This week will mark the first anniversary since Attawapiskat First Nation declared a state of emergency over the abysmal housing situation on the James Bay coast. Footage of the living conditions in this isolated community shocked Canadians and resulted in a media firestorm.
The crisis became a cultural Pandora's box that unleashed numerous issues and misconceptions regarding our relationship with Canada's First Peoples. Now on the eve of this dark anniversary, Canada's "Katrina" moment has made it to the big screen. And who better equipped to tell the real story of the 2011-housing crisis than iconic filmmaker Alanis Obamsawin?
Last week, the 80-year-old First Nation activist, chanteuse and artist premiered her new film at Toronto's ImagineNative Film Festival. The screening of The People of the Kattawapiskat River had all the makings of a Toronto gala. But mingled in with the hipsters and Indie "doc" filmmakers were many First Nation people including some who had lived through the horrific social crisis that drew international attention last winter.
The film examines the political and personal fallout of the housing crisis through the eyes of the people at ground zero. It is a harrowing journey, but one that is surprisingly hopeful. Unlike some media reports that portrayed the Attawapiskat people as hopeless and hapless or habitual scroungers on the hard-pressed Canadian taxpayer, Obamsawin reveals the incredible dignity of the community.
She has a quiet way of drawing us into the lives of the people living in appalling conditions. In one scene, a single father who is living in a shed describes why he left the city and returned to the reserve. His feeding and burping of his baby girl creates a level of intimacy that is almost overwhelming.
This up close and personal style of filmmaking has been the mark of the woman who is the documentary voice of Canada's First Nation communities. Born in 1932 as a member of the Abenaki First Nation, Obamsawin suffered from isolation and racism as a child in Trois-Riviere, Quebec. In 1960, she landed in New York as a singer. This sense of cultural displacement defined her vision of searching out the First Nation place in North American life. By the late 1960s, she began making documentary films including Kanehsatake: 270 Years of Resistance, the definitive documentary on the Oka Crisis.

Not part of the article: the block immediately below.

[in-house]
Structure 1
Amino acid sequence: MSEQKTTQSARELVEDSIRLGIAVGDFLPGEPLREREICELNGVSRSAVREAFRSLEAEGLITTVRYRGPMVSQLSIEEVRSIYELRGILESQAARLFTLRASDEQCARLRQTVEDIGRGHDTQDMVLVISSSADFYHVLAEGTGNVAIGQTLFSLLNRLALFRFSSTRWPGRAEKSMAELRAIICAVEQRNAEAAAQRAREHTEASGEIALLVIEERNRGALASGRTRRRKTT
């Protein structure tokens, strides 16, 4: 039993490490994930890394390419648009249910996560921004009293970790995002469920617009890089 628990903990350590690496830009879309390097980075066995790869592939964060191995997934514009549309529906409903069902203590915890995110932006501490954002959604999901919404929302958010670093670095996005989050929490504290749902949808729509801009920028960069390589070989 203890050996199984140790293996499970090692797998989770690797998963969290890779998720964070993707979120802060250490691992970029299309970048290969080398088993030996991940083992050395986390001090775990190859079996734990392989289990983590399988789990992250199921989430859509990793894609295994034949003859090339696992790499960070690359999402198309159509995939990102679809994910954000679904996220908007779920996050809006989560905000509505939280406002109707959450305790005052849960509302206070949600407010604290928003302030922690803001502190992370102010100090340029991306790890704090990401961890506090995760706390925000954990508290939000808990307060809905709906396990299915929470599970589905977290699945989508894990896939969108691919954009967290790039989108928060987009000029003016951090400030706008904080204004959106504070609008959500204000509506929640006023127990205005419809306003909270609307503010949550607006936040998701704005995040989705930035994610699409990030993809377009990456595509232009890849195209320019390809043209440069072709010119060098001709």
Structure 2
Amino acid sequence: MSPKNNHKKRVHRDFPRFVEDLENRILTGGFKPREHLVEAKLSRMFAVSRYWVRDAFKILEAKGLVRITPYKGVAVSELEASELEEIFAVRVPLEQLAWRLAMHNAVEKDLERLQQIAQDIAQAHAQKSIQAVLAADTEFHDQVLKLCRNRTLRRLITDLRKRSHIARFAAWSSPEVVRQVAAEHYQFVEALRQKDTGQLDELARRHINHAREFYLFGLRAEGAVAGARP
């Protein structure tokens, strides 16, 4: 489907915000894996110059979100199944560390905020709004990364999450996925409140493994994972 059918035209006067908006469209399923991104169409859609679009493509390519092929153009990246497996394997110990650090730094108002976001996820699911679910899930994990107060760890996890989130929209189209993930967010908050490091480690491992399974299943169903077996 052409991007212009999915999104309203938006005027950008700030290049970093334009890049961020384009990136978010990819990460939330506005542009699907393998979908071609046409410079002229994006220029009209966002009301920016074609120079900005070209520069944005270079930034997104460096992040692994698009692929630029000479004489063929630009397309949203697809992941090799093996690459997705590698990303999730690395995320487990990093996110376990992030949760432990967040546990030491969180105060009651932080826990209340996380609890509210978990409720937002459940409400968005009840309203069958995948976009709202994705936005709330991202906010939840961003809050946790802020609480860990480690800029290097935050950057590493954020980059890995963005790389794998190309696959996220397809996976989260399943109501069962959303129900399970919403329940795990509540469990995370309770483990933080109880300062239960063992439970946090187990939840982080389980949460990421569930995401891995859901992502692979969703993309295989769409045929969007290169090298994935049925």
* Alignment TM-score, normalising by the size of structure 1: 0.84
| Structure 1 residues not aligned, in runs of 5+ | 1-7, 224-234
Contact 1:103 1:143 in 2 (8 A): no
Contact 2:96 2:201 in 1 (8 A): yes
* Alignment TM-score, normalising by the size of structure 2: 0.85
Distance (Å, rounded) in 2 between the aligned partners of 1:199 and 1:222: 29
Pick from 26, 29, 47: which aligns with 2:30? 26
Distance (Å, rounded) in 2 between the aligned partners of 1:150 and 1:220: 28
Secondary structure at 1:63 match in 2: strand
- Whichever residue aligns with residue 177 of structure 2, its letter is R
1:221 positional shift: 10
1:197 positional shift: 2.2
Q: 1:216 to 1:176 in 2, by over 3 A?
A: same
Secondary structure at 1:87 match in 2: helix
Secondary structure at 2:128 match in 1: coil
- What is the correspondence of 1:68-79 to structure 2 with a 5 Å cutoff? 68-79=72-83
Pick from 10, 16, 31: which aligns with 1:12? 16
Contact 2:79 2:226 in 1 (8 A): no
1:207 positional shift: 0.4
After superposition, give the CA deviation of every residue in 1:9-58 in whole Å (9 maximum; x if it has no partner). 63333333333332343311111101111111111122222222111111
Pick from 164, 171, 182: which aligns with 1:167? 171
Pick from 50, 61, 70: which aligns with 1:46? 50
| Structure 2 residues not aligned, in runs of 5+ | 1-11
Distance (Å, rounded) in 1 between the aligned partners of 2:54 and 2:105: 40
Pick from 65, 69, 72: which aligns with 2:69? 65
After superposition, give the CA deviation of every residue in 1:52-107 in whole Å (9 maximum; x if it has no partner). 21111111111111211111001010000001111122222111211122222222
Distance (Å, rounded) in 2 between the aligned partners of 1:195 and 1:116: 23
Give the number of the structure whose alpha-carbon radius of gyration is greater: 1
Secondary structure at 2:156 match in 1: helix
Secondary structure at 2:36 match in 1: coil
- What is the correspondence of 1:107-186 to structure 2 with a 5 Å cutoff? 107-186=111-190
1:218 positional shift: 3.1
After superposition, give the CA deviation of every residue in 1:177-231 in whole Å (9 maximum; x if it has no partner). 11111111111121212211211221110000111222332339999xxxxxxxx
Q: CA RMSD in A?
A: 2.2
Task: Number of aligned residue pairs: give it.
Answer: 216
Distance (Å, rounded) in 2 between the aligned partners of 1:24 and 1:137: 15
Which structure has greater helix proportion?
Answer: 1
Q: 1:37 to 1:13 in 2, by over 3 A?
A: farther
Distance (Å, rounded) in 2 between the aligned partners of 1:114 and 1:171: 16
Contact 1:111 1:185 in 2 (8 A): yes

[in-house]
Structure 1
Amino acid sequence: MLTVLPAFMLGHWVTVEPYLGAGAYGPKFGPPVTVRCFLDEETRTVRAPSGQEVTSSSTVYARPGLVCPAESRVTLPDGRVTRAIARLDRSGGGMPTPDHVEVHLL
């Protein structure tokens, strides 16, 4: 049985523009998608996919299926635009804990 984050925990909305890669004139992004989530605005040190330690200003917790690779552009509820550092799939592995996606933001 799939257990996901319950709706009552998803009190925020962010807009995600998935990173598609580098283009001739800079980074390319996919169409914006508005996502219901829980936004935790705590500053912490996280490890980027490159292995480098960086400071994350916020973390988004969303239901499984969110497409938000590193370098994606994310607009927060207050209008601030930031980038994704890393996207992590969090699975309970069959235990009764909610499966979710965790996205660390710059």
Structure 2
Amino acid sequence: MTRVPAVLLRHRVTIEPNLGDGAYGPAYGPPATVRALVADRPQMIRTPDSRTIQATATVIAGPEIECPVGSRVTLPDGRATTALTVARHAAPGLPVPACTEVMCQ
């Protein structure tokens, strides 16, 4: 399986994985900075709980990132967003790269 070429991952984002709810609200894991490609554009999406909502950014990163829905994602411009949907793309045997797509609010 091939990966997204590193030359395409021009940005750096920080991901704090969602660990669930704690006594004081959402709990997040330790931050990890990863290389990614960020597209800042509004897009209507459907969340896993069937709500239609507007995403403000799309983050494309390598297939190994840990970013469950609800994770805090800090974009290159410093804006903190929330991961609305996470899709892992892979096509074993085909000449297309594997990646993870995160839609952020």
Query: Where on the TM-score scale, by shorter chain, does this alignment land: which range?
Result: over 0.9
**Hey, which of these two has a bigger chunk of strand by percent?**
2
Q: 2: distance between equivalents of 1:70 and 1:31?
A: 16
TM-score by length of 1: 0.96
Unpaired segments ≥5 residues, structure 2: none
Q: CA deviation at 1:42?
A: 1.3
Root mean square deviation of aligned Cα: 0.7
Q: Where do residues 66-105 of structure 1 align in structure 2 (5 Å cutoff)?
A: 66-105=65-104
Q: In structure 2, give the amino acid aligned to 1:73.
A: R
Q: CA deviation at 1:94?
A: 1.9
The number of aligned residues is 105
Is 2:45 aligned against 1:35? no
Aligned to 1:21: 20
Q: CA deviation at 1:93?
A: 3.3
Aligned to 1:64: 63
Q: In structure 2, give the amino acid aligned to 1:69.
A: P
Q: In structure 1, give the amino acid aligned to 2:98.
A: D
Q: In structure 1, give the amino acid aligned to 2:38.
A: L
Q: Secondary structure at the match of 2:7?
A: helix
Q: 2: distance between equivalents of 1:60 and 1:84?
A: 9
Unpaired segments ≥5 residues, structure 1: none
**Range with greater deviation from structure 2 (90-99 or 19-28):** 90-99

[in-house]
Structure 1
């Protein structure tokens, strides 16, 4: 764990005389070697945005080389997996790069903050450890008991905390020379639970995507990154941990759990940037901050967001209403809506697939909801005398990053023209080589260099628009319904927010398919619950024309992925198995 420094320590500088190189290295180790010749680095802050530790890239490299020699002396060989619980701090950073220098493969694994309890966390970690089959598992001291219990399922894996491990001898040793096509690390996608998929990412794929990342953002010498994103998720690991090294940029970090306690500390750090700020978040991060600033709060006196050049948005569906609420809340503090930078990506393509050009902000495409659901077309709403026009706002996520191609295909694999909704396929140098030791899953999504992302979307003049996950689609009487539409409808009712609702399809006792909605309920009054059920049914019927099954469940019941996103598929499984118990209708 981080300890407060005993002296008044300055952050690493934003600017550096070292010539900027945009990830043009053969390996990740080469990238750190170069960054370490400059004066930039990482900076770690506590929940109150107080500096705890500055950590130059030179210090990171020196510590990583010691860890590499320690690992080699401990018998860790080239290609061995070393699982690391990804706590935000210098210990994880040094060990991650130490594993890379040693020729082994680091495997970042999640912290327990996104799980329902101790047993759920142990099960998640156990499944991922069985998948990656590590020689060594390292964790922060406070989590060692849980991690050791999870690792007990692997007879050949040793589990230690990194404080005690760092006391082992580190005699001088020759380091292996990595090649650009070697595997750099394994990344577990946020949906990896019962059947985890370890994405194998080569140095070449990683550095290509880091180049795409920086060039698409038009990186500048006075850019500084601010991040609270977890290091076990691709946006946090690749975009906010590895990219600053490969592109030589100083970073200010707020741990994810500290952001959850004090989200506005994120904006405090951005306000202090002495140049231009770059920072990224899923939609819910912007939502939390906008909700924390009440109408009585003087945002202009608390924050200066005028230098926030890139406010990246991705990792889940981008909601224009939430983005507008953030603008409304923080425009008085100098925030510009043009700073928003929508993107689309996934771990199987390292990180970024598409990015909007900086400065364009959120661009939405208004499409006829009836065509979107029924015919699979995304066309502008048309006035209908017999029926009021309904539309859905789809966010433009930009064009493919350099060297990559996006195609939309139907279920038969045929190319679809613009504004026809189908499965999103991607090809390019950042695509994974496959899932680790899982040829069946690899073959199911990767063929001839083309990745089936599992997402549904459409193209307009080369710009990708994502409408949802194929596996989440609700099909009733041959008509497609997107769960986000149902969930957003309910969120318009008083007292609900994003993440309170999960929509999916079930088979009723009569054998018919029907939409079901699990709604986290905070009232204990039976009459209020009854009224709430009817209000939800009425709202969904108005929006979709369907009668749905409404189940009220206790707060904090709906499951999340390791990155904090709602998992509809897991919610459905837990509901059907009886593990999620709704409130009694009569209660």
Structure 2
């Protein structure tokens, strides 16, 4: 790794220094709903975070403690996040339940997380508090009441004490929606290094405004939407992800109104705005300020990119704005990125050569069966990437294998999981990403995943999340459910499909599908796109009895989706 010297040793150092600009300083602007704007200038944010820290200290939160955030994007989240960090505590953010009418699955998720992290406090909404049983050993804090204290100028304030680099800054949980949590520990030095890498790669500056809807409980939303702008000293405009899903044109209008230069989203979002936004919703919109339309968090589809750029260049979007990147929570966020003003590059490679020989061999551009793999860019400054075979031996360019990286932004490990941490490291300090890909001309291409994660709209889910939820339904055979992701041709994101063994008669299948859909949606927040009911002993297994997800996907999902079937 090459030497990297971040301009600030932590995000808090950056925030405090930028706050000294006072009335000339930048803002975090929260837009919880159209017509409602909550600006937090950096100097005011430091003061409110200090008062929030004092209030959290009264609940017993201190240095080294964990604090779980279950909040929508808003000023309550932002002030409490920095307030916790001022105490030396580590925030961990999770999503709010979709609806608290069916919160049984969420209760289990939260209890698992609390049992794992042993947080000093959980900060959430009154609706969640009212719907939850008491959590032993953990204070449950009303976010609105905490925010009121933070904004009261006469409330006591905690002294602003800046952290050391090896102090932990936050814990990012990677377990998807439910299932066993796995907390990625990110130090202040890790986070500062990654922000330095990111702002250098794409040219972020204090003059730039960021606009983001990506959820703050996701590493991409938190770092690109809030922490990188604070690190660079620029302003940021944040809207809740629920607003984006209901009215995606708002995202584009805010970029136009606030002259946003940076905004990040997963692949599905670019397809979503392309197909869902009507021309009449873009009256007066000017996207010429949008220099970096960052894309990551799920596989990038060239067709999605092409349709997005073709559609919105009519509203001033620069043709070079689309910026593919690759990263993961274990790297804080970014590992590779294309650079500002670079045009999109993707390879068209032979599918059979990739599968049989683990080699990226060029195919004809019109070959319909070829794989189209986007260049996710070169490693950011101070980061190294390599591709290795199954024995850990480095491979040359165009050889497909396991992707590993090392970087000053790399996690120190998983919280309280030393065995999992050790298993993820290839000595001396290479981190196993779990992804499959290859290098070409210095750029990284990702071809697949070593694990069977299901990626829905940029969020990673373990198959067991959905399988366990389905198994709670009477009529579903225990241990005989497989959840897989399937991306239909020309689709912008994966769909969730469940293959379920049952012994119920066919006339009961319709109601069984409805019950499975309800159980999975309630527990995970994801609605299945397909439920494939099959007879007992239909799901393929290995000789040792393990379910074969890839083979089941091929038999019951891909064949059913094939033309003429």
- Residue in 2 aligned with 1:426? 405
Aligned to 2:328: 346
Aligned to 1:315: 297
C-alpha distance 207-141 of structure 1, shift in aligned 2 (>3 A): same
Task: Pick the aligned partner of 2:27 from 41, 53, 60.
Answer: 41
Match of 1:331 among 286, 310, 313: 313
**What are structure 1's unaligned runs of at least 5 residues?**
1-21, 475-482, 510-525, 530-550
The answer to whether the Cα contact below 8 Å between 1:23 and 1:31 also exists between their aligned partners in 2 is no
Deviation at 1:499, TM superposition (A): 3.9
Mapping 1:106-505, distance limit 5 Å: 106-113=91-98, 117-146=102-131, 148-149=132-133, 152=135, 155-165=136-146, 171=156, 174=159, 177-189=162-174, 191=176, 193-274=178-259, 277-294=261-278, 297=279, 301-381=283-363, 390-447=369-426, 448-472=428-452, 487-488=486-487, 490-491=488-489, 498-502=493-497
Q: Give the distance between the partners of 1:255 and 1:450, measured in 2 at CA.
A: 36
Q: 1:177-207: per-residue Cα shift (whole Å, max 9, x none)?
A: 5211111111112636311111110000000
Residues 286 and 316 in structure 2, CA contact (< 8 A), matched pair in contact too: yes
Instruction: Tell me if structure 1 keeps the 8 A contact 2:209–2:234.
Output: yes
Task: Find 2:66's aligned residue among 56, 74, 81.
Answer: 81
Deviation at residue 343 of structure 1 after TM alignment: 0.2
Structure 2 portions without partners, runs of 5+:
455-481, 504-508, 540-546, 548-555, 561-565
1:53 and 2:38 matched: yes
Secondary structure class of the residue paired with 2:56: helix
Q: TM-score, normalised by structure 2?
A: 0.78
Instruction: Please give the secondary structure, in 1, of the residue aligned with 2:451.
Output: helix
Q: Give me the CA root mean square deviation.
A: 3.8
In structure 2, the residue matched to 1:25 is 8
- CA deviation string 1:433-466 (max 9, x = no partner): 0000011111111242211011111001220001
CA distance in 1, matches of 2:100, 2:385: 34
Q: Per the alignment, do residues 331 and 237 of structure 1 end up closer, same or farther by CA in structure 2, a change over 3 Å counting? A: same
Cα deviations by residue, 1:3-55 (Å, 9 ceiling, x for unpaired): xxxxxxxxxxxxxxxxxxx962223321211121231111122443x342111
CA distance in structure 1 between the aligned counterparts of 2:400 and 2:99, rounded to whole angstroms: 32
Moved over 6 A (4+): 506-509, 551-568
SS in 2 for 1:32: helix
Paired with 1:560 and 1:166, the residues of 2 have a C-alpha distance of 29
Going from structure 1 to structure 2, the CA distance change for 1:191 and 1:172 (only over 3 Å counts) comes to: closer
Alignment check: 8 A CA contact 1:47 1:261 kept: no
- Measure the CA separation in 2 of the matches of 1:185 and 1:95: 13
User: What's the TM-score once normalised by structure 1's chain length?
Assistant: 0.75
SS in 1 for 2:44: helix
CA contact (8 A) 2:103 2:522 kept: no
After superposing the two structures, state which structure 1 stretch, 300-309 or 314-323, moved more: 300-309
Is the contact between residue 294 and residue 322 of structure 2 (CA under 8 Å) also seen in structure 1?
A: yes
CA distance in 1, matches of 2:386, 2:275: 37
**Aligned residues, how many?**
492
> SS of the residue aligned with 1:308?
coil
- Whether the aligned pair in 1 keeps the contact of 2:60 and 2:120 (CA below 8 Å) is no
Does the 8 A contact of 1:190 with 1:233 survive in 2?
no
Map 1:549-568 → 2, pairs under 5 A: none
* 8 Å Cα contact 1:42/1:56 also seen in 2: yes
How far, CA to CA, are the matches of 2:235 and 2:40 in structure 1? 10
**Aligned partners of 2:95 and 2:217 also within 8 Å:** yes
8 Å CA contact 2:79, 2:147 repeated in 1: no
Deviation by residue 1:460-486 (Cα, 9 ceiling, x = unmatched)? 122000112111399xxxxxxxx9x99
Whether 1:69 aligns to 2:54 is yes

She has made over 30 films and been the recipient of numerous awards including being named to the Playback Canadian Film and Television Hall of Fame. Now at 80 she still has many film and art projects on the go. Little wonder, that long before the Attawapiskat crisis hit the headlines, Obamsawin was on the ground in Attawapiskat.
I first met Obamsawin in the days leading up to the crisis when I was working with local youth leaders. Watching the film was, at times uncomfortable, as I knew all the families in the film. I was fascinated by how she handled the issues of the ugly backlash that was unleashed against the community in the days following Prime Minister's Harper's decision to depose the Band Chief and Council. After the imposition of the Third Party Manager, I became one of the community's de facto spokesmen in interviews with television, print and talk radio. This imposition of a Third Party manager unleashed a brutal barrage of accusations (mostly unfounded) over mismanagement.
Perhaps the low point in this racist storm was when TV troll Ezra Levant publicly ridiculed the "Indian" Band for spending money on a zamboni.
Obamsawin artfully uses this bogus "Zamboni-gate" to bring Canadians into the uncomfortable No-Man's land of Canadian racist stereotyping. She juxtaposes Levant's rant with an interview with Stella Lazarus, a local woman who fundraised money for years from local bingos in order to purchase a proper ice-cleaning machine for the town's only rink. Levant's ugly ridicule speaks for itself, while Lazarus prides in helping the children enjoy evening skating sparkles.
As I watched the film, I thought of how many times the federal government has punished isolated First Nation reserves who have stood up to the government. The Harper government imposed a Third Party manager in a blatant attempt to change the channel and to blame the victims. This is how business is done in Canada's colonial fortress at Indian Affairs. They very nearly succeeded. But impoverished little Attawapiskat stood together and as the film shows, was finally given some level of vindication in Federal court. How fitting that the Alanis Obamsawin was present to document this very real victory.
The People of the Kattawapiskat River will set the bar for any other studies on the Attawapiskat crisis. It is a film that will define the discussion on this issue for years to come. Thank you, Alanis.